What Is Grief Tourism?
Grief tourist: someone who pretends to care about your chronic/serious illness on social media, but never offers their help in any real meaningful capacity. I was laying in my hospital bed waiting for news that my surgery was scheduled. I had just announced publicly 3 days prior that I had been diagnosed with bladder cancer. Telling people beyond the intimate circle of the few family members in the hospital with me was terrifying. I was dreading how people would react and the inevitable influx of questions. I was prepared for the flood of texts and phone calls. I was not, however, prepared to deal with what the Adolescent and Young Adult (AYA) Cancer Community refers to as grief tourists.
It's the people who don't follow through
You may not have heard the term before, but you have certainly experienced these individuals if you are a cancer patient. It's that “friend” who you haven’t spoken to in years that crops up just to tell you how brave you are. Is the people who ask how they can help, but when you ask for a ride to an appointment they never respond. It's the person who offers to meet up for coffee but never follows through. And even worse, the people who share your social media posts or make posts about how strong their “friend” is just to garner likes. A grief tourist quite literally uses your condition, be it for clout or to make themselves feel better. It’s strange, I know. To fathom anyone doing this seems unbelievable, but it does happen.
Set your boundaries
The first time I had someone pop out of the woodwork to essentially interrogate me on my cancer and then promptly disappear, really hurt. But rather than become bitter, I decided to take control of my narrative and set boundaries to keep these so-called grief tourists at bay. That is my best tip for dealing with these kinds of folks. Set your boundaries.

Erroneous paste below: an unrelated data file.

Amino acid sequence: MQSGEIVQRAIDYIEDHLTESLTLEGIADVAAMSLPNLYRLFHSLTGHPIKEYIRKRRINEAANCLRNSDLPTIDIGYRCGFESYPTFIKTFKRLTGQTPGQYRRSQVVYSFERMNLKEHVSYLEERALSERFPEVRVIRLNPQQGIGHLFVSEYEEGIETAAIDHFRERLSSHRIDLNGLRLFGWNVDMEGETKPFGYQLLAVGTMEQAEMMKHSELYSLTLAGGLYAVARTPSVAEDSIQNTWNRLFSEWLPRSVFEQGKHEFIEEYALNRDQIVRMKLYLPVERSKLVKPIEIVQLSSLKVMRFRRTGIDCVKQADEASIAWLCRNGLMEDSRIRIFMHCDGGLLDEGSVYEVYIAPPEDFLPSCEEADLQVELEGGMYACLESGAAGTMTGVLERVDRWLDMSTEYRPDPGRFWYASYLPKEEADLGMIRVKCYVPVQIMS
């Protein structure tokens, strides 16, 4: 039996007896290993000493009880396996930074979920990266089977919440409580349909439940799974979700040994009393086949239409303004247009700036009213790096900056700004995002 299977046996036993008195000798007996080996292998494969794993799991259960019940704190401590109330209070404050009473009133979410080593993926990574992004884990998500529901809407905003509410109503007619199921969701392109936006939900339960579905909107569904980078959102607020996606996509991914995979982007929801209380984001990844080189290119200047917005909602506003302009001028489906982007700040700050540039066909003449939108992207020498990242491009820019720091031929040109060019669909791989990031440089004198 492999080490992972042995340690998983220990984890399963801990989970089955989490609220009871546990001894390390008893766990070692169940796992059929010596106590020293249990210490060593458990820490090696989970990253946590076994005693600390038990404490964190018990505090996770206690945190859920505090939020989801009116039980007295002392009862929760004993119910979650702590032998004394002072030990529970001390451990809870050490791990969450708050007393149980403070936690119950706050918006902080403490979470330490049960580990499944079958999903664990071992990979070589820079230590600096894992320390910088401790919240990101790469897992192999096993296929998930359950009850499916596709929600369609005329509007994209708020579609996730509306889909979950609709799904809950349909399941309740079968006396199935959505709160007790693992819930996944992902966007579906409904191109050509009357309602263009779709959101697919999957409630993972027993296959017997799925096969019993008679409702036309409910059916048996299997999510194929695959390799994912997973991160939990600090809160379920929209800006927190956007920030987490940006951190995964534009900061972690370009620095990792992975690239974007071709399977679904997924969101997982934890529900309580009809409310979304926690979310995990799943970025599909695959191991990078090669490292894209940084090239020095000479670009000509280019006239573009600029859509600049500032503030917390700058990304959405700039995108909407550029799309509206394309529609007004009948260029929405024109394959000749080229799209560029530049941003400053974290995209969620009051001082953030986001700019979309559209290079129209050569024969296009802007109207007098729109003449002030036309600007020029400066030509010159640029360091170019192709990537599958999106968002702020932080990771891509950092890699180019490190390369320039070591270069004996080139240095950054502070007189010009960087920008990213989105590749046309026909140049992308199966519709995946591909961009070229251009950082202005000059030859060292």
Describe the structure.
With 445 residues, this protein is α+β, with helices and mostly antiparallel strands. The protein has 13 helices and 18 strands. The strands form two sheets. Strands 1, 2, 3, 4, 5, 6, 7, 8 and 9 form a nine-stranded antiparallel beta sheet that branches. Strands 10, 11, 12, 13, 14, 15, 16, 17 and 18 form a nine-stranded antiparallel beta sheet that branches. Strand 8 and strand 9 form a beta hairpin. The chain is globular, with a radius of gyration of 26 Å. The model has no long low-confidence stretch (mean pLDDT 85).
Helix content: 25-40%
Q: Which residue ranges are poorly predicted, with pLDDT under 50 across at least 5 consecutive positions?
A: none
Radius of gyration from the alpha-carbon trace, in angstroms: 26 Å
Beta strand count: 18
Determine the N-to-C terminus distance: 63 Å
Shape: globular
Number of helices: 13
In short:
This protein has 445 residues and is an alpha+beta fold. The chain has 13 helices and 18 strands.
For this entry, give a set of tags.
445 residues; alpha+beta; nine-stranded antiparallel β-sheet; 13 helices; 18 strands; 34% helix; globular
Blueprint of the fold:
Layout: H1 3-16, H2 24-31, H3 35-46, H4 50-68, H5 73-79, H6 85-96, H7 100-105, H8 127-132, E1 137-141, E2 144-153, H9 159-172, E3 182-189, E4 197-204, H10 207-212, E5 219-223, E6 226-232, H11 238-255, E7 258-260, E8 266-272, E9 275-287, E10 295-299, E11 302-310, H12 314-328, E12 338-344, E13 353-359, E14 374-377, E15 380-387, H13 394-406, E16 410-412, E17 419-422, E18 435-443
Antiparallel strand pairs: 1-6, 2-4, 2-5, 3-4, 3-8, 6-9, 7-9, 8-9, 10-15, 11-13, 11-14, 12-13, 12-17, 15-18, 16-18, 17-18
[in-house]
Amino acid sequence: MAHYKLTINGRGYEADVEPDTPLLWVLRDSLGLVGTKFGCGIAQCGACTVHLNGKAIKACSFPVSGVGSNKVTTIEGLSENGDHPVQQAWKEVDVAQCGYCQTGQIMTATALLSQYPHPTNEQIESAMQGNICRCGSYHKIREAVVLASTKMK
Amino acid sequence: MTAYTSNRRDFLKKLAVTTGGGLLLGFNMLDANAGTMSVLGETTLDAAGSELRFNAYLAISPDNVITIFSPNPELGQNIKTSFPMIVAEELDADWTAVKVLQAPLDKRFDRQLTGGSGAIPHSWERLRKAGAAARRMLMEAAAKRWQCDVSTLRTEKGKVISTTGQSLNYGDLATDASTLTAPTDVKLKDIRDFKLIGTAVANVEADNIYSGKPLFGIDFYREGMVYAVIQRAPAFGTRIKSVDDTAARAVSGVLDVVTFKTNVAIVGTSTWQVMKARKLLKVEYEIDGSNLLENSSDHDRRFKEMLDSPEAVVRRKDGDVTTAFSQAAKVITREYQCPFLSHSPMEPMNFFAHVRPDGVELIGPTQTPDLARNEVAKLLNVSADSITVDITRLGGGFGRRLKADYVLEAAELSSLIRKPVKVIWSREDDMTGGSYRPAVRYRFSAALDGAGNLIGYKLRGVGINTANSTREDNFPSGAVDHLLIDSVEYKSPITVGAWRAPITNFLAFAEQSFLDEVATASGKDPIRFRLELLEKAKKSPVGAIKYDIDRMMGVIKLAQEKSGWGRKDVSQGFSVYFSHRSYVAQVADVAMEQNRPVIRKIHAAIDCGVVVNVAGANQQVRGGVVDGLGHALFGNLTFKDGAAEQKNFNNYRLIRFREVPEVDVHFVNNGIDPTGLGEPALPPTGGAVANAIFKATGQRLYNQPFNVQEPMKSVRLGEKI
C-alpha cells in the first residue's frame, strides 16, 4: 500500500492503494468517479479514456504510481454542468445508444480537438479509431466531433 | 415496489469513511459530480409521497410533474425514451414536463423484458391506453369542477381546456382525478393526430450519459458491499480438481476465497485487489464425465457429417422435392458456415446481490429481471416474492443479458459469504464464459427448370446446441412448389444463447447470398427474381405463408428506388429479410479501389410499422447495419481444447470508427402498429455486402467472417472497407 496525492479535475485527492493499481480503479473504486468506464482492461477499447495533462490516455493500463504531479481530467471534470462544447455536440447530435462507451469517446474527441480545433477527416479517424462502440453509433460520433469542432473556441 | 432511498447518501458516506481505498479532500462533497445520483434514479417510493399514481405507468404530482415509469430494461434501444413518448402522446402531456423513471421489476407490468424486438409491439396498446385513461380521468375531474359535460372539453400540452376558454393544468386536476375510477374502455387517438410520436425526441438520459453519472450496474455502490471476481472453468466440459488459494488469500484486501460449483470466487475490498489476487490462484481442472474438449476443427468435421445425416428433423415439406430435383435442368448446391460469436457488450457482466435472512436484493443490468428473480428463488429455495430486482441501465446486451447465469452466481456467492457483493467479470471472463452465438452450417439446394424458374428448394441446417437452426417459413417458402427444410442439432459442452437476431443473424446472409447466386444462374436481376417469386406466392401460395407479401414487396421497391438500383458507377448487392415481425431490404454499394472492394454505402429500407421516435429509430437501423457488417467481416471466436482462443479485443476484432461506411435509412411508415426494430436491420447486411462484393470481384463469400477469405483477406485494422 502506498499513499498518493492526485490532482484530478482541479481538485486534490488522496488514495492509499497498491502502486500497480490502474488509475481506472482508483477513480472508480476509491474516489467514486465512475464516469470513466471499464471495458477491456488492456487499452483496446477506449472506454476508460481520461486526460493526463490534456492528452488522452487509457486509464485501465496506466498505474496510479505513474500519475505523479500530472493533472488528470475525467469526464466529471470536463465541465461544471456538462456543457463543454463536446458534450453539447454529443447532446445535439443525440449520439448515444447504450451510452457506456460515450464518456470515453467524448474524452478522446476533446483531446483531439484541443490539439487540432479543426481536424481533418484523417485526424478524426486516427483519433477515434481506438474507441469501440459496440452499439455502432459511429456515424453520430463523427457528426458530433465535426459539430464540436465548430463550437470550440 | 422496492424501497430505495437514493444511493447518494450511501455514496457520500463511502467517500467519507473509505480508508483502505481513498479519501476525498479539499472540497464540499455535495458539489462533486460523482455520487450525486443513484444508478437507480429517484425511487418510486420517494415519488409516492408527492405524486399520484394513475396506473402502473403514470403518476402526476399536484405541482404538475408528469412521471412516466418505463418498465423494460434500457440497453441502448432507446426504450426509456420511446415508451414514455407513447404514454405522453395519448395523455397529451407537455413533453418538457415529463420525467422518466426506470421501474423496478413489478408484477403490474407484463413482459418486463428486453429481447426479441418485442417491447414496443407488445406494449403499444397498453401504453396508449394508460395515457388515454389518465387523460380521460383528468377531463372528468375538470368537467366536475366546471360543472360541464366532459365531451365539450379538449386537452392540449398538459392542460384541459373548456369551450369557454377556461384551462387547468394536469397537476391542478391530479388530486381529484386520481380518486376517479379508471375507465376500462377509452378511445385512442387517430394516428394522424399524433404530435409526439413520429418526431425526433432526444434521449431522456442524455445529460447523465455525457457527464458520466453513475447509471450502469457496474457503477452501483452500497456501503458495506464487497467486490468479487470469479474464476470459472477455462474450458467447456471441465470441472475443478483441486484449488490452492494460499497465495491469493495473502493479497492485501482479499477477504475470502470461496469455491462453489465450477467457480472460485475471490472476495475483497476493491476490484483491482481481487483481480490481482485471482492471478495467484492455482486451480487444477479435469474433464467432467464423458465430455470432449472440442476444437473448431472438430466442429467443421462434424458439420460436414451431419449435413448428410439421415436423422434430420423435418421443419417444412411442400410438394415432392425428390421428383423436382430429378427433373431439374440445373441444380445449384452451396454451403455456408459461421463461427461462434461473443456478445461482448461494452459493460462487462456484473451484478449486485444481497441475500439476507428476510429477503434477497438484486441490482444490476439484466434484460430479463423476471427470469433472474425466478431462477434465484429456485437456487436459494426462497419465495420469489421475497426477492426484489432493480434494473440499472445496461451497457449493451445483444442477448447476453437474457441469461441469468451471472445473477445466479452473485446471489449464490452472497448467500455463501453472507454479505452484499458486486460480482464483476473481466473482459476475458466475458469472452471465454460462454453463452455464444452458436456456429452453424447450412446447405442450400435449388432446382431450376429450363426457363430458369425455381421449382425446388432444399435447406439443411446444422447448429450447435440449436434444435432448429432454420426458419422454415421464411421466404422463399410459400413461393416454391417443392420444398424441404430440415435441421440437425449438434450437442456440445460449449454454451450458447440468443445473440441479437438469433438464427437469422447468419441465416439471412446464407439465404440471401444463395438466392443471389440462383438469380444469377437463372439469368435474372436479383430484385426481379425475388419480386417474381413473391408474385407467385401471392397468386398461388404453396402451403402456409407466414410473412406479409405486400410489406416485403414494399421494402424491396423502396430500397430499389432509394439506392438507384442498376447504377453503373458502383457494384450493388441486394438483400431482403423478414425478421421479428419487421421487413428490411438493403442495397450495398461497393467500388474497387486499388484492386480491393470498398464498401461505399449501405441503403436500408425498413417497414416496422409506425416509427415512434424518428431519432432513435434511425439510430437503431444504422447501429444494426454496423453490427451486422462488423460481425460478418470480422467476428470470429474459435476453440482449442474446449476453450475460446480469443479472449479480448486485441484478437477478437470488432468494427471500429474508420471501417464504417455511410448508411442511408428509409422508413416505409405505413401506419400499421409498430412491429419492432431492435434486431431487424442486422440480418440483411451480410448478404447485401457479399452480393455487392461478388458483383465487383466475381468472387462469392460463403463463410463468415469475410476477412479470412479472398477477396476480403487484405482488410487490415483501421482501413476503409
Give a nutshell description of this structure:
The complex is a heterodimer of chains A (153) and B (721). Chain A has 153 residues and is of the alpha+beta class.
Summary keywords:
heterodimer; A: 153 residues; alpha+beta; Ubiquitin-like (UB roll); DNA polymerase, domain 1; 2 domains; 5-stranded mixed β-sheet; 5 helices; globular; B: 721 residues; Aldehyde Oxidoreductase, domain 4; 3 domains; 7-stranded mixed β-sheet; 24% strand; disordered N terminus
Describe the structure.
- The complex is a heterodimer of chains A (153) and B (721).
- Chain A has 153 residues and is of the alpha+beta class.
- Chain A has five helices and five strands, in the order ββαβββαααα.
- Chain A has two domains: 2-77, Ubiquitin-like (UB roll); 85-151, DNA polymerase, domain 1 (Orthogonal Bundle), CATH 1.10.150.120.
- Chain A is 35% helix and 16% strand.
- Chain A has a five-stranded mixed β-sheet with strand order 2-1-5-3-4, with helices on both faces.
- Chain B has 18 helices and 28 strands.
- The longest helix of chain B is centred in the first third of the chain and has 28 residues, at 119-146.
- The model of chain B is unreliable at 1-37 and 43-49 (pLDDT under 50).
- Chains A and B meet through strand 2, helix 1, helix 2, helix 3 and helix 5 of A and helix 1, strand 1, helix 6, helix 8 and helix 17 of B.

I decide when and how I share my story
Whether you decided to share your cancer journey publicly or keep private, having boundaries in place to protect your mental health is crucial. Although I am a sort of public figure with my cancer journey, I’ve developed firm boundaries when it comes to what and how I share my story. I’m happy to answer a variety of questions regarding my cancer, but I do not allow strangers or friends to use me as a human “100 questions” game.
Communicating my needs
When it comes to those who either make social media posts about me or have been guilty of asking how to help, but not following through, I had to learn to just communicate. In my announcement of having cancer, I specifically stated what kind of support I wanted. I did not want balloons and flowers sent to my home. I didn’t want any kind of fundraiser page or gift baskets. I specifically told everyone that I wanted to be treated as if nothing was different. If we are going to meet up for coffee, it will be as normal friends getting together, not as a cancer distraction. If we are going to have a late-night chat, it will be to talk about work or our dogs, not my cancer. By taking control this way, I really have only had a handful of people provide that very shallow level of support.
What if someone isn't getting the hint?
Let’s say you’ve set your boundaries or told your friends/family how you would like them to support you, but maybe there is still one person who isn’t quite getting the hint. Maybe they are asking too many and too personal questions. They are constantly checking in on you or posting about you, but it feels uncomfortable or insincere. You are allowed to say no. No, I am not going to answer that question. No, I do not want you to post things about me on social media without my permission. Protecting your privacy and mental health is always a priority. Sometimes a difficult no, or even cutting out these types of people can be beneficial even if it is hard.
If you are dealing with a “grief tourist”, just know you are not alone. Although it is a funny nickname, these people are definitely not fun to deal with.
Have your views towards bladder removal changed since you were diagnosed?